Extending system certificates


#1

It would be desirable to allow adding system-wide certificates to an Ubuntu Core system, one example is the way some organisations use Docker with self-signed certs. To enable this we would need to make /etc/ssl/certs/ca-certificates.crt writeable or make it a symlink to something writable (e.g. /etc/writeable). We also need a directory where new certs can be added (probably /var/lib/snapd/certs). Certs could be added on snap installation and removed on snap removal, either by themselves (some kind of hook i.e. configure) or probably the better option, by snapd itself. After a new cert is added we need to call update-ca-certificates. We could protect access to this functionality either via an assertion or through a restricted interface.

What do you think?


Certificate substitution and snaps
Corporate SSL issue
Using the system certificate authorities
#2

It sounds like docker needs a way to see the certificate, not the entire system, it’s a bit unclear also why that can’t be achieved with a snap change.

At least conceptually as we control other things each snap might have/should/could have a different view of what are the “system” certificates.


#3

I think it would be fine if a system administrator could add arbitrary certificate to the system. I agree with @pedronis about how this should be handled for docker though. Not sure how to achieve this technically.


#4

I think docker is just an example. In general it does make sense to provide a way to extend the supported certificates.


#5

If I remember correct @tvoss has a change for docker already which allows adding additional certificates.


#6

it’s not a good example, having a way to add global certificates to make single snaps happy doesn’t seem very secure, because that’s done on classic it’s probably not a good reason alone


#7

Yup, docker already supports the notion of a certificate pool/dir. I’m exposing the respective config variable via a command-line option such that dockerd can be pointed to the correct directory.


#8

+1 for not abusing the system-wide certificate store.


#9

Exactly, Docker is just one example, there are others. We may have worked around it in the Docker case but would this approach work for all software where a global cert needs adding?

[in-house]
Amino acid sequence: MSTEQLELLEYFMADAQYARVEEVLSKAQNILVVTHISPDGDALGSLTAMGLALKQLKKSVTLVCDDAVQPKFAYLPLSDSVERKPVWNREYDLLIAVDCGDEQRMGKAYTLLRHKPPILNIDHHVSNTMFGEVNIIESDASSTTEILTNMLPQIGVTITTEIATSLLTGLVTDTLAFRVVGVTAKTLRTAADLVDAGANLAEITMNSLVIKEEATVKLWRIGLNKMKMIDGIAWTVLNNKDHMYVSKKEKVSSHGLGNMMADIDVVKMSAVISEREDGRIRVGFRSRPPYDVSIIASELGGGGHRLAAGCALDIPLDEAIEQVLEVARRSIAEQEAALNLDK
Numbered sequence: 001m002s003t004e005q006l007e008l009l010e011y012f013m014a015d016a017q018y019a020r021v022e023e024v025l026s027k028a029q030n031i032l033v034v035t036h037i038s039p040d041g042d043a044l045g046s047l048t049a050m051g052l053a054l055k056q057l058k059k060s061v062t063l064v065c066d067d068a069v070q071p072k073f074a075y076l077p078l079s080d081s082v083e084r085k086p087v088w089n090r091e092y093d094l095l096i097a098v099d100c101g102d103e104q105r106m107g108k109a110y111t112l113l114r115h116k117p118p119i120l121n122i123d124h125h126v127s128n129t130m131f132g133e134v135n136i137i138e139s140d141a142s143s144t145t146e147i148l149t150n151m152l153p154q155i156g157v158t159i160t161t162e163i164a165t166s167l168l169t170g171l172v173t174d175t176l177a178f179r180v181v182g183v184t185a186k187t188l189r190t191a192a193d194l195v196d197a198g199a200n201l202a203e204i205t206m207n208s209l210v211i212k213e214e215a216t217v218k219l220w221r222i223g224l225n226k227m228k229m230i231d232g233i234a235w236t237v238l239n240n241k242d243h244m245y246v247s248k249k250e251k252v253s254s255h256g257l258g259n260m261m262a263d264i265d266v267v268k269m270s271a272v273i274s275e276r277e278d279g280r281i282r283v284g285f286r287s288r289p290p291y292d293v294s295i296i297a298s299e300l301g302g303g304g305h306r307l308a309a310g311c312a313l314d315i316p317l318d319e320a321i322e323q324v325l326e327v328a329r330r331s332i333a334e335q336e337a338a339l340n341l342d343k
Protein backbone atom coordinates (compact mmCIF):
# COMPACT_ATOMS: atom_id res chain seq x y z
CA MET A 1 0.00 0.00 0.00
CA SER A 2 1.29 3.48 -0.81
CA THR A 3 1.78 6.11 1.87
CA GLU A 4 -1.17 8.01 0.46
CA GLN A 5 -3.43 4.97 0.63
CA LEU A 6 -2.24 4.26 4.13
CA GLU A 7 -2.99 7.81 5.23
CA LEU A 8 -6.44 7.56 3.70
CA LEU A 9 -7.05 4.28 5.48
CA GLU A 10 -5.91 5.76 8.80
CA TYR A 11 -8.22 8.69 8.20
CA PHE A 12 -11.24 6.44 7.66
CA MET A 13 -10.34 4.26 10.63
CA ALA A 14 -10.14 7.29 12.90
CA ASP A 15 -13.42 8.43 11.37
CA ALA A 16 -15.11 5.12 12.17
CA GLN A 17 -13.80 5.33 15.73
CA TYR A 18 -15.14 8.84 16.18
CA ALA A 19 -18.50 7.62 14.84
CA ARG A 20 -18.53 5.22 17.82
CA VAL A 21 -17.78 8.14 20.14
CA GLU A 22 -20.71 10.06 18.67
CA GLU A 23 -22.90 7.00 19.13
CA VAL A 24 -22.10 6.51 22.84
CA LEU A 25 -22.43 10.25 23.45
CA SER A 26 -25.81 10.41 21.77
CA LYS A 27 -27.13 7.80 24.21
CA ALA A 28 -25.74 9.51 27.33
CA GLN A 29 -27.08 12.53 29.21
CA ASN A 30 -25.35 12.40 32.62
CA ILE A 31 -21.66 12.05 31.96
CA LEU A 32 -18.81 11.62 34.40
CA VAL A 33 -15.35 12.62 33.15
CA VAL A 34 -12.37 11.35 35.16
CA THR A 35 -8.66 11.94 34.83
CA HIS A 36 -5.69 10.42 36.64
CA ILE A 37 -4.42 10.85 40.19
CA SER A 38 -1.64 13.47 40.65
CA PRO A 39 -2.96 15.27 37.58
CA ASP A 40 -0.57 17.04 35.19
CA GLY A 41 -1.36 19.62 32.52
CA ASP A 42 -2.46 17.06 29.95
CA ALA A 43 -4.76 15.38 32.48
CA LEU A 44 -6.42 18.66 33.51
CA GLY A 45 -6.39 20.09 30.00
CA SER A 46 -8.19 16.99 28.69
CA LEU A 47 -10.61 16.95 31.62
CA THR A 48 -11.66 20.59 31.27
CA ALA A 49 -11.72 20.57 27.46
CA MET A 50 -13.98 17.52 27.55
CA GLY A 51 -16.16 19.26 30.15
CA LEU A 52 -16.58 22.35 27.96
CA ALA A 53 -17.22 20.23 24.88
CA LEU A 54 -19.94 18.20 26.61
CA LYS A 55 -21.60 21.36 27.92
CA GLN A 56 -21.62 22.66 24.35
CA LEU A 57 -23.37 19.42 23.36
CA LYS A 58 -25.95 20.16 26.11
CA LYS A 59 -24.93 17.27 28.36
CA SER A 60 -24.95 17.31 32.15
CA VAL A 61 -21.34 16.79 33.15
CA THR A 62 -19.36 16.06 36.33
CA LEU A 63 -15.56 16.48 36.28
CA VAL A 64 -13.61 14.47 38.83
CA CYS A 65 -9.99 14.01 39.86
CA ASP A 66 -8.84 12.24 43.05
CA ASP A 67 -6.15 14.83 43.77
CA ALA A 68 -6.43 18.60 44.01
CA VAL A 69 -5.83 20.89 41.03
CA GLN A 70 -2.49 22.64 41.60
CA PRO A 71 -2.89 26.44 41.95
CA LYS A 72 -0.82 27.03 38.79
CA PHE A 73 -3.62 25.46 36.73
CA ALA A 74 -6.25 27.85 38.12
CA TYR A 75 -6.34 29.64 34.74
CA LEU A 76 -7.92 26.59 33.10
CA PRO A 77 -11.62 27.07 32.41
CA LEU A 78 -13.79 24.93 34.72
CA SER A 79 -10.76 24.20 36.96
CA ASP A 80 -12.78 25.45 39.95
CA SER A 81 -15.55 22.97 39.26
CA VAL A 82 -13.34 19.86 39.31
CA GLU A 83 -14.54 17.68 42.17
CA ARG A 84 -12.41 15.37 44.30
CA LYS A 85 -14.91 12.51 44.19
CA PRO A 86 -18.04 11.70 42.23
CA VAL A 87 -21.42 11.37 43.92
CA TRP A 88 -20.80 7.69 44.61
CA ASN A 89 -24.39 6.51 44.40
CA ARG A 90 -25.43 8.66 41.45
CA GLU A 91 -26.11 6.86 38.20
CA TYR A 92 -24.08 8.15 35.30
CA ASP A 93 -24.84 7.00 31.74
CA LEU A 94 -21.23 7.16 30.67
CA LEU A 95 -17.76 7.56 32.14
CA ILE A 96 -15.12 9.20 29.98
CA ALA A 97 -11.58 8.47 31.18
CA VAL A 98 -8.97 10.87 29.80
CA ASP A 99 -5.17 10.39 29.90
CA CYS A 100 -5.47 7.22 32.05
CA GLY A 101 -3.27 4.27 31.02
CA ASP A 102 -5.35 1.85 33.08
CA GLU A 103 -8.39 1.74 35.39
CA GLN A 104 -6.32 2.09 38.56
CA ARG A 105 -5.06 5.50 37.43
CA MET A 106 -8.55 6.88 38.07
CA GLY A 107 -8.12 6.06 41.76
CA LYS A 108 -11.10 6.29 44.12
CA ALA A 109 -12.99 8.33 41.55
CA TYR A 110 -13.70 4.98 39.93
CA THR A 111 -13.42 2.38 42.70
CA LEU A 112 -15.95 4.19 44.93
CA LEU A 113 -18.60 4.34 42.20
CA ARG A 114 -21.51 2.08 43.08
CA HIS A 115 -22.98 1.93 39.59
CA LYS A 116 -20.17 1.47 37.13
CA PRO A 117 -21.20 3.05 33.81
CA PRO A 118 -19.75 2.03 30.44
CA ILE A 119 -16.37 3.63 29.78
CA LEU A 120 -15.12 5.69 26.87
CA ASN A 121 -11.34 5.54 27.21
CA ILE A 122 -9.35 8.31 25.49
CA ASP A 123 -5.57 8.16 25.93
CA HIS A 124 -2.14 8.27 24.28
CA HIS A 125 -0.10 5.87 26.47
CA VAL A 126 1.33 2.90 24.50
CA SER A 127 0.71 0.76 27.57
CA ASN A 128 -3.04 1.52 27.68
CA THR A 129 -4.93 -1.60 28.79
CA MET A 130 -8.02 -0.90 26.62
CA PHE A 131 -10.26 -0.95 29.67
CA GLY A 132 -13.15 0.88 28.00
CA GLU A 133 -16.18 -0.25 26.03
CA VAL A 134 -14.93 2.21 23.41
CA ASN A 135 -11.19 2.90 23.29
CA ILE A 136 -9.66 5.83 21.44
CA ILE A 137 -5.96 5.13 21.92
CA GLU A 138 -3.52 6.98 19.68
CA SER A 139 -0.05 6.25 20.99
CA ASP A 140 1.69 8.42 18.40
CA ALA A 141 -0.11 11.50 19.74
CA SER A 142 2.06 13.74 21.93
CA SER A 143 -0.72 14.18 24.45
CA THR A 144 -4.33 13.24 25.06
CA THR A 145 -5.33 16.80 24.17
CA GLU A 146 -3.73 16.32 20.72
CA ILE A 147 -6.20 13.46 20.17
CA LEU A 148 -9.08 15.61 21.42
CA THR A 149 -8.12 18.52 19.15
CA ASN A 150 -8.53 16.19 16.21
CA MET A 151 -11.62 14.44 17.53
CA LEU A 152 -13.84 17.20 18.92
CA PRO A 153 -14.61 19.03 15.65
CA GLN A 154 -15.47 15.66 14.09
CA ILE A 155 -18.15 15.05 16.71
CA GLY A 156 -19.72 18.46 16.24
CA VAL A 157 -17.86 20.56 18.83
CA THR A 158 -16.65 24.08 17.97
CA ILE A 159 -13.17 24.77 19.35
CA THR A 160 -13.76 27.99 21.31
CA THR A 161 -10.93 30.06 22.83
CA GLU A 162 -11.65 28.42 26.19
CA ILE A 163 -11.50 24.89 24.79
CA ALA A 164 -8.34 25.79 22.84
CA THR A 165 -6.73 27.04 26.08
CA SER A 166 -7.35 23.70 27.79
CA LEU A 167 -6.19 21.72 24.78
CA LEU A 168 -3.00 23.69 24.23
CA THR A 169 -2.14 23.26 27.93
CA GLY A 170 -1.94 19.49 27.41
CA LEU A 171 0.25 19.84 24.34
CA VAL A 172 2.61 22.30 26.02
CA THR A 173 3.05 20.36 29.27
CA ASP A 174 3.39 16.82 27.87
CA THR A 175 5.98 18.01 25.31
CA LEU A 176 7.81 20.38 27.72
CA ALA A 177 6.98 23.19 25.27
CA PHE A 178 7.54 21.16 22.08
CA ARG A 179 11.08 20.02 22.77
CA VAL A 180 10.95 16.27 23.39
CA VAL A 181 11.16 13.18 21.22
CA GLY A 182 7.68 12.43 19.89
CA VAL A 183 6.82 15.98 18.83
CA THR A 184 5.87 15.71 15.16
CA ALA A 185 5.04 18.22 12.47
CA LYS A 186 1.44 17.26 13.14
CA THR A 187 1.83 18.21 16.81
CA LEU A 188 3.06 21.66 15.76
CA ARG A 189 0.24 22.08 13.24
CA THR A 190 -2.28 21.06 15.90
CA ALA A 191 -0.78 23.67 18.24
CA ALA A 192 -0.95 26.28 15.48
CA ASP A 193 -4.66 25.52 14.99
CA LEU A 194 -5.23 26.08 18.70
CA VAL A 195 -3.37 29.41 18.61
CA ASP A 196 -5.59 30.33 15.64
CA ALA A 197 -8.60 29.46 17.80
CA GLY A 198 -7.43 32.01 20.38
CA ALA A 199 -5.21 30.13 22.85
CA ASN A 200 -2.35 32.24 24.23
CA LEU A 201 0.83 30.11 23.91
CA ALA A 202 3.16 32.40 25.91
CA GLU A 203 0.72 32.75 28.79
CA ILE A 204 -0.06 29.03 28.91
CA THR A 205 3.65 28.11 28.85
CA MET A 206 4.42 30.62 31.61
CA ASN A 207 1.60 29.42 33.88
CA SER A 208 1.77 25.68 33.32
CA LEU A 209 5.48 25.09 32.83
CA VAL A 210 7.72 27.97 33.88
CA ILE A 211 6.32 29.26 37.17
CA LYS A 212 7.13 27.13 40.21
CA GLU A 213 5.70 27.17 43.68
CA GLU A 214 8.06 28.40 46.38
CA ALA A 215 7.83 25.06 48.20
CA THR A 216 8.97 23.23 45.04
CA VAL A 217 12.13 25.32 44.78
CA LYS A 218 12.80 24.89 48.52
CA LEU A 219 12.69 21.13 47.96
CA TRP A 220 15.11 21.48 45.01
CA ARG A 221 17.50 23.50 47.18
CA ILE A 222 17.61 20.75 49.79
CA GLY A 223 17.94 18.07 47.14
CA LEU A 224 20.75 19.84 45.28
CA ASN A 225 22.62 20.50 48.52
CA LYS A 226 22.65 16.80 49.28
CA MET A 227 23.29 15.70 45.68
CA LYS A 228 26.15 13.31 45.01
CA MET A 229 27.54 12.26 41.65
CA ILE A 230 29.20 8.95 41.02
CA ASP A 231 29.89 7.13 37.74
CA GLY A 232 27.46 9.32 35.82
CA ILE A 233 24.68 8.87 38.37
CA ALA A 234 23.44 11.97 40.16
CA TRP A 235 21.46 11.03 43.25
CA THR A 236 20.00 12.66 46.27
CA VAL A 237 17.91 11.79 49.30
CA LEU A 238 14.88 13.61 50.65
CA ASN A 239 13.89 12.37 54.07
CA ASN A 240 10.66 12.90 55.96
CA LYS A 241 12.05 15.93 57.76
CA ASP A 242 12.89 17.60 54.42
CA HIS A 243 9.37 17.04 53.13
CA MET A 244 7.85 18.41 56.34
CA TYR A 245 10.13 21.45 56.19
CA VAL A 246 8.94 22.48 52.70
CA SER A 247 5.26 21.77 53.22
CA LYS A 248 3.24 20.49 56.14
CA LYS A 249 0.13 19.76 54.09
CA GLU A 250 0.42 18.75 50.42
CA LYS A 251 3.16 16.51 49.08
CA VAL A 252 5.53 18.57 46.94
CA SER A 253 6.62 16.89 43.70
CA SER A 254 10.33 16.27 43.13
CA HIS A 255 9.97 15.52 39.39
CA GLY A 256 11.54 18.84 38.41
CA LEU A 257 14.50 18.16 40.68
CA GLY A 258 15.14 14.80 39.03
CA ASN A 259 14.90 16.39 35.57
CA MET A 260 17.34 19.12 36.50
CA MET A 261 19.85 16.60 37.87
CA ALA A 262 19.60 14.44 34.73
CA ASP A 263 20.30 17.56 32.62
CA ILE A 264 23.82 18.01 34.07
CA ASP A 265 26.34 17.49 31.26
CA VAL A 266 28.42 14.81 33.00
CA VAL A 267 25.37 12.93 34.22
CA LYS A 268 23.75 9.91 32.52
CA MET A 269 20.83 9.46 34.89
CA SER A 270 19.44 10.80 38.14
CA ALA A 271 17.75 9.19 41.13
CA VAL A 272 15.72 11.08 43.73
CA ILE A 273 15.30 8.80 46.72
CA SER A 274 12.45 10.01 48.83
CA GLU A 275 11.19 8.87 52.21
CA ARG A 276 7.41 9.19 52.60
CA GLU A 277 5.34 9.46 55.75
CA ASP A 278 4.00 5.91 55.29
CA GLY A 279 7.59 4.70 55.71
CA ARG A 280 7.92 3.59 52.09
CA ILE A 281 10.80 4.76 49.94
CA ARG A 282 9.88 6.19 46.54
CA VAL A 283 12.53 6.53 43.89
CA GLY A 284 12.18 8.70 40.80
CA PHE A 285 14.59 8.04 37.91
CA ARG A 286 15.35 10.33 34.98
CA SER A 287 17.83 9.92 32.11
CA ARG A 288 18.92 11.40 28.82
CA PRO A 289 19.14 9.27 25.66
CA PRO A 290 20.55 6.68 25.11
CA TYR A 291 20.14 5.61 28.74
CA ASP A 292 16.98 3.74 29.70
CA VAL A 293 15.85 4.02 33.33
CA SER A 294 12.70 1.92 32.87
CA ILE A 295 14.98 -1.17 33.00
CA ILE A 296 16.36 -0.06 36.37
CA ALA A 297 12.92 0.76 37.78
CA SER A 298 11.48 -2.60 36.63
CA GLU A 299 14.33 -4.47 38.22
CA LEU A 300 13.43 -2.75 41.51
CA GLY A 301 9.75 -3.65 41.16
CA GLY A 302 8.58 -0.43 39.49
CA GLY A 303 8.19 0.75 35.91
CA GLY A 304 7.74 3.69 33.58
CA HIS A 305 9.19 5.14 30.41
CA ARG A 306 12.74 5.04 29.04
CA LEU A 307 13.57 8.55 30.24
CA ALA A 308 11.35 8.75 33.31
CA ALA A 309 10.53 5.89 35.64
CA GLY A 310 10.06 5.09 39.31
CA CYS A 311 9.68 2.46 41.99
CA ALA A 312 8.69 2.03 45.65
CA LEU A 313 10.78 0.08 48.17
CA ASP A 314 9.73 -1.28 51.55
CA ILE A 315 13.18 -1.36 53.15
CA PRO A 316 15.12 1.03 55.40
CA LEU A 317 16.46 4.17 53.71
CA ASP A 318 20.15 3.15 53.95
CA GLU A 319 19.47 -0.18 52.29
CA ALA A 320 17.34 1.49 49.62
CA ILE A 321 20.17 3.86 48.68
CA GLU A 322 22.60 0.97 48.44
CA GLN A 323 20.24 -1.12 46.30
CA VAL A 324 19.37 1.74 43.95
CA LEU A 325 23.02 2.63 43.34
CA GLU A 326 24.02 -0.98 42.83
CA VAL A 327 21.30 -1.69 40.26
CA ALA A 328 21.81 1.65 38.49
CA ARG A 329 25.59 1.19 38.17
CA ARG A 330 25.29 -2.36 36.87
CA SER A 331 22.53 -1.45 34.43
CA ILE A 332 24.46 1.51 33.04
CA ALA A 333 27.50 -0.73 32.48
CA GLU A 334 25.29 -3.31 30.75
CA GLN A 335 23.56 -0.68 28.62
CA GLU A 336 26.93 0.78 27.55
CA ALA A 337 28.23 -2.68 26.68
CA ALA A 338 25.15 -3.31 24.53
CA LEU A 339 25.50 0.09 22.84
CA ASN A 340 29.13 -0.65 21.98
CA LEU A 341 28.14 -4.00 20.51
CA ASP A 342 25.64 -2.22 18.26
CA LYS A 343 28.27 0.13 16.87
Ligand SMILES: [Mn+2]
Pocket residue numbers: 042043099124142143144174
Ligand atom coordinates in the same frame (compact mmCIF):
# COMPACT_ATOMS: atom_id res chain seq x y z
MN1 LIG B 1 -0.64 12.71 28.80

#10

I think this is a core configuration thing. We should allow people to control the SSL of a device they own.


#11

i think this needs three bits:

  • something like a system service that imports certificates from a pre-defined dir (which the service watches with inotify for changes) should be shipped in the core snap…
  • that directory only snapd should be able to write to …
  • an interface that allows snaps to trigger an import of a shipped cert into that dir is provided by snapd

#12

This is just one bad example which shouldn’t be used to justify having system-wide certificates changed. If people want to host their custom Docker hub, they should do so via a Docker setting itself, instead of compromising the entire system trust chain with what will often be locally generated certificate managed with less care than system root CAs.

Someday we’ll most likely need that system-wide CA setting indeed, and by then it’d be great to have a first-class solution that encourages not giving away that fundamental safety net so easily.


#13

I proposed https://github.com/docker/docker/pull/32376 upstream. Currently under review.


#14

We landed https://github.com/snapcore/snapd/pull/3271 now into snapd which will change snapd to always take the CA certificates from the core snap.

@jdstrand commented on the PR:

This PR is a 6 of one half dozen of the other type of thing. This PR means that now locally installed certificates on classic won’t work and there is no mechanism for extending the core snap’s certificates. Debian and Ubuntu have ‘update-ca-certificates’ (man 8 update-ca-certificates) which can look at /usr/local/share/ca-certificates that might be used to help address this, but I don’t know what mechanisms are available in other distros. I suspect more people are affected by this PR not being applied than those that will be when it is applied, but I predict bug reports.

This is actually falling into the same category. Before we relied on the base system to provide the chain of certificates all snaps trust but now we delegate this to the core snap. @jdstrand is right that this might cause other bugs but actually it should fix snaps which are currently build with Ubuntu in mind on all other distributions. Mid term we need to look into a possible solution how we can marry these with the certificates from the host system and not marry them at all and require the user to install any additional certificate into the snap system. Any thoughts on this?


#15